They visited the Scottish National Gallery.  Among the things they saw was a painting of Titania and Oberon from Shakespeare’s ‘Midsumer Night’s Dream.’  The quarreling king and queen of the Fairies were in a wooded glade surrounded by a galaxy of their subjects, who were behaving in a wild and free fashion.  One bare fairy was on hands and knees as she eagerly anticipated being taken from behind by an elf.  The dark boy, the cause of the royal dispute, peered out mischievously from behind one thigh of the queen.


In contrast of style was a painting of a magician.  While most magicians are represented in a cluttered environment, this one was working in a bare room with a large but simple diagram drawn on the floor.  He was making some sort of astronomical observation.  Through the casementless window one could see the ruins of a stone circle, where such sightings had been made in the unthinkably distant past.  There was an air of intense concentration and total futility in the scene.  It reminded Jon a bit too much of themselves.


From Princess Street they made their way around and to the top of Castle Rock, which dominates the town.  They heard that skeletons had been found in the lake at its foot, women accused of witchcraft and cruelly drowned in a past that did not seem quite distant enough.  They walked by a small building by the cemetery, where family members could sit at night after a funeral and watch for grave robbers, who at one time had been known to steal dead bodies and sell them to doctors for dissection.  The lookout roost seemed ready for use.


The mighty castle above Edinburgh would be an impediment even today for anything but motor driven weapons.  Inside they found much of history and much of memory.  The sword and ball, the royal insignia of Scotland, had been found by Sir Walter Scott and were on display.  The sword was larger than anything a man could use and had been carried so often that there was a considerable amount of wear on the handle.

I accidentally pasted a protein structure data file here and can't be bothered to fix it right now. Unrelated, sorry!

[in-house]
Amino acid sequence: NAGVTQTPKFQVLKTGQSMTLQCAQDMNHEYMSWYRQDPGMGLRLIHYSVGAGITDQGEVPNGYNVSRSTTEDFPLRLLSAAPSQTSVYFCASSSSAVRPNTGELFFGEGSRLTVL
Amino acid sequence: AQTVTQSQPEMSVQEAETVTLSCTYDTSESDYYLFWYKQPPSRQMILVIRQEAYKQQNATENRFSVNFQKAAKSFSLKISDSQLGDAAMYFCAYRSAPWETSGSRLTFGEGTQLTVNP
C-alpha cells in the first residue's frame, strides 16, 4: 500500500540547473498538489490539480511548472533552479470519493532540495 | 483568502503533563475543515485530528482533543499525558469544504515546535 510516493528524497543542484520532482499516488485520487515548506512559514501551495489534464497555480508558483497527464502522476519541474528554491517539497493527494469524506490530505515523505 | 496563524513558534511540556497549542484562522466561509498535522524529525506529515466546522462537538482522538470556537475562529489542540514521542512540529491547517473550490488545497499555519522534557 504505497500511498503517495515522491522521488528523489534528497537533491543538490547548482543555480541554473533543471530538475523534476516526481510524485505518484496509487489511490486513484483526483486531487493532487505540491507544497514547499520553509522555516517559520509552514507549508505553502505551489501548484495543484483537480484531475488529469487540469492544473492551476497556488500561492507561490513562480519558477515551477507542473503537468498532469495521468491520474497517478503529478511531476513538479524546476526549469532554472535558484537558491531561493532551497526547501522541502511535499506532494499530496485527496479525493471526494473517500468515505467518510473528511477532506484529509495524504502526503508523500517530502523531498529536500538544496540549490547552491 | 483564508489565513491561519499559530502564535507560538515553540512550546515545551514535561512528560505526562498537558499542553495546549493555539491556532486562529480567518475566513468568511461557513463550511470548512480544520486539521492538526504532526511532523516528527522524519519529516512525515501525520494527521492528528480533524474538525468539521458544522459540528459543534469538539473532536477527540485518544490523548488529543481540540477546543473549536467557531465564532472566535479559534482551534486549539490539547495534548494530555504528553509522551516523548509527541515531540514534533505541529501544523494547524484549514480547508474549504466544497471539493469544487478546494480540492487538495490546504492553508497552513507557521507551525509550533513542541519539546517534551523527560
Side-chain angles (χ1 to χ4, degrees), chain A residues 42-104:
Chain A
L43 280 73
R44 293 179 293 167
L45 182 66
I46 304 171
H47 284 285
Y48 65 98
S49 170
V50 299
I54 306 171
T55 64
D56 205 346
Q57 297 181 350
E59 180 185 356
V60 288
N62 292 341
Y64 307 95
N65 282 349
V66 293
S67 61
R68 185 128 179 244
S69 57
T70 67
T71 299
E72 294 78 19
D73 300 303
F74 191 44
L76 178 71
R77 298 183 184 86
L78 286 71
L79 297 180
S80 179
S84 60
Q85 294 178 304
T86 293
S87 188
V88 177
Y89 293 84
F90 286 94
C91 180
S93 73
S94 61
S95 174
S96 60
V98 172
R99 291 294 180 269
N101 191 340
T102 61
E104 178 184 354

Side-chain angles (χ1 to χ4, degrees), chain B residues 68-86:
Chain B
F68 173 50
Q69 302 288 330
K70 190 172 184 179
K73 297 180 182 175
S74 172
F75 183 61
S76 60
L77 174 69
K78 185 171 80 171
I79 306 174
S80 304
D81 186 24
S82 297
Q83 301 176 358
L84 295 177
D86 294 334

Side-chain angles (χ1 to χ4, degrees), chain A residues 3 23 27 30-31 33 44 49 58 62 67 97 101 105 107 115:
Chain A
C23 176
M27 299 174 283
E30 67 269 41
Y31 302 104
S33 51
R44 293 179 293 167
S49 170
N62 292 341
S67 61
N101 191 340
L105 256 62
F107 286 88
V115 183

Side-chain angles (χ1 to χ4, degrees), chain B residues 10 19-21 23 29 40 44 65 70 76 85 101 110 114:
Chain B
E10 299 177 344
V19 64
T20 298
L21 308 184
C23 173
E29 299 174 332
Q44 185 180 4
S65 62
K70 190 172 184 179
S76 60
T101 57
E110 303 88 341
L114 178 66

“The point is in perfect condition,” said Ivan.  “Nobody ever rested this sword on its tip.  They must have loved something this sword meant to them.”


The common people had loved their independence so much that when the movers and shakers decided there was some sort of advantage in uniting with England there were riots.  The riots persisted so that the meeting in which the sell-out was concluded had to be held in secret.


On a parapet overlooking the city pipers were raising the skirling notes of the “Finlandia!”


They found Saint Margaret’s Chapel and inspected it. 


“It looks strange,” said Tracy.


“Romanesque,” said Hapgood.  “It was the style of cathedrals before Gothic.  The Gothic style permitted larger windows and let more light into the place.  This gives you a different, more sheltered feeling than Gothic.” 


“What I don’t see,” said Jon. “Is why they say they rediscovered it.  It’s the highest part of the castle on the highest part of the rock overlooking the capital of the country.  How do you lose something like that?  It would be like losing the Washington Monument in Washington.”


As the day waned, they rented a car and drove a few miles out to Roslin Chapel which had featured in a book, The da Vinci Code,  Hapgood had read.


The lavishness of the stonework fulfilled its reputation and more.  It would be hard to exaggerate the detail and complexity of the interior.  There were dozens of different styles of column.  Every square foot overhead had been worked into a design.


There was said to be a connection between this place and the Holy Grail.  But a lot of people have looked for it in vain.


“If I were the Holy Grail, this is the kind of place I would be in.  Was it built by Templars?” asked Jon.


“Some think so,” said Hapgood.  “Let’s say it was.  We were frustrated not to see that stone in Nova Scotia.  You want to see stone?  You’ve got stone.  There is even supposed to be a secret code up there somewhere.”


“O look up there,” said Tracy.  “Somebody’s tied up upside down.  Kinky.  It’s an angel.”


Hapgood consulted some literature.  “It’s supposed to be Azza being punished for having sex with mortal women.”


“Maybe so, but she’s pregnant,” said Tracy. 


“They say that column,” Hapgood indicated a very ornate one.  “It’s called the Apprentice Column.  The master is said to have murdered the apprentice for finishing it without him.  That wouldn’t be the first story of the builder of something incredible being put to death.”


Tracy thought to herself, “Roslin.  Roslin.”  It was like a premonition.  The name kept running through her mind.


They concluded their tour none the wiser.  If there was a mystery here, it was for someone else.  They went back into town and feasted on traditional Scottish haggis.  The reputation of haggis was not encouraging, but it was delicious.  They retired planning an early start on the trip south.